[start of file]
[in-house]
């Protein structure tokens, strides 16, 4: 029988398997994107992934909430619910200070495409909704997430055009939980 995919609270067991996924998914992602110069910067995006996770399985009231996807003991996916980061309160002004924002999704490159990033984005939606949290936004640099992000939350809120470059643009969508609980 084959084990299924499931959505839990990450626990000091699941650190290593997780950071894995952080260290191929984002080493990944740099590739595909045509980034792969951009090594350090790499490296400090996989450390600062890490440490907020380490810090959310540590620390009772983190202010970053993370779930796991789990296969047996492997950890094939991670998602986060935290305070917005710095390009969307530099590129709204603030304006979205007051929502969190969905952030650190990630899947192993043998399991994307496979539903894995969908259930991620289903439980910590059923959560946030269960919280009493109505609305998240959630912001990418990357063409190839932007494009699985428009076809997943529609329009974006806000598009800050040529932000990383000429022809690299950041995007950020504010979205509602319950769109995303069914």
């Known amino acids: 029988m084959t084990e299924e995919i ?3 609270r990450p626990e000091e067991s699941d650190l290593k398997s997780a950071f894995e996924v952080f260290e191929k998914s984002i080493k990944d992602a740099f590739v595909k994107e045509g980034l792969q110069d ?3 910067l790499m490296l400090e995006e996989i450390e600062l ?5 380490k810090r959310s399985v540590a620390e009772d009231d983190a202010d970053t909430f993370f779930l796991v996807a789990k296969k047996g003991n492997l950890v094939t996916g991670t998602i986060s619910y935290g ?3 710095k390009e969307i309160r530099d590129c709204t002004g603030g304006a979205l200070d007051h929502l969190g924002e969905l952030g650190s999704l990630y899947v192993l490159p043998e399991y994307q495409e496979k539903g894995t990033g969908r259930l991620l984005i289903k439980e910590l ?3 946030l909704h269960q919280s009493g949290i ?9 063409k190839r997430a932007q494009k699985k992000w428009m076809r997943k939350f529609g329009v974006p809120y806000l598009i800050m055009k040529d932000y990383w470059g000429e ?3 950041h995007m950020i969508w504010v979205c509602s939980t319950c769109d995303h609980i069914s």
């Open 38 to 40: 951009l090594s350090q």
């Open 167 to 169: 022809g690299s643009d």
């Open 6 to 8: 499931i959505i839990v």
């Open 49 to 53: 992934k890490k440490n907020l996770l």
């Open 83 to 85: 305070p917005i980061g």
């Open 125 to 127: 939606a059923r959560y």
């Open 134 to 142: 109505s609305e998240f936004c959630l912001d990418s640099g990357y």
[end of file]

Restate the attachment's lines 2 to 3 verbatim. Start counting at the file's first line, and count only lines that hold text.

């Protein structure tokens, strides 16, 4: 029988398997994107992934909430619910200070495409909704997430055009939980 995919609270067991996924998914992602110069910067995006996770399985009231996807003991996916980061309160002004924002999704490159990033984005939606949290936004640099992000939350809120470059643009969508609980 084959084990299924499931959505839990990450626990000091699941650190290593997780950071894995952080260290191929984002080493990944740099590739595909045509980034792969951009090594350090790499490296400090996989450390600062890490440490907020380490810090959310540590620390009772983190202010970053993370779930796991789990296969047996492997950890094939991670998602986060935290305070917005710095390009969307530099590129709204603030304006979205007051929502969190969905952030650190990630899947192993043998399991994307496979539903894995969908259930991620289903439980910590059923959560946030269960919280009493109505609305998240959630912001990418990357063409190839932007494009699985428009076809997943529609329009974006806000598009800050040529932000990383000429022809690299950041995007950020504010979205509602319950769109995303069914």
């Known amino acids: 029988m084959t084990e299924e995919i ?3 609270r990450p626990e000091e067991s699941d650190l290593k398997s997780a950071f894995e996924v952080f260290e191929k998914s984002i080493k990944d992602a740099f590739v595909k994107e045509g980034l792969q110069d ?3 910067l790499m490296l400090e995006e996989i450390e600062l ?5 380490k810090r959310s399985v540590a620390e009772d009231d983190a202010d970053t909430f993370f779930l796991v996807a789990k296969k047996g003991n492997l950890v094939t996916g991670t998602i986060s619910y935290g ?3 710095k390009e969307i309160r530099d590129c709204t002004g603030g304006a979205l200070d007051h929502l969190g924002e969905l952030g650190s999704l990630y899947v192993l490159p043998e399991y994307q495409e496979k539903g894995t990033g969908r259930l991620l984005i289903k439980e910590l ?3 946030l909704h269960q919280s009493g949290i ?9 063409k190839r997430a932007q494009k699985k992000w428009m076809r997943k939350f529609g329009v974006p809120y806000l598009i800050m055009k040529d932000y990383w470059g000429e ?3 950041h995007m950020i969508w504010v979205c509602s939980t319950c769109d995303h609980i069914s």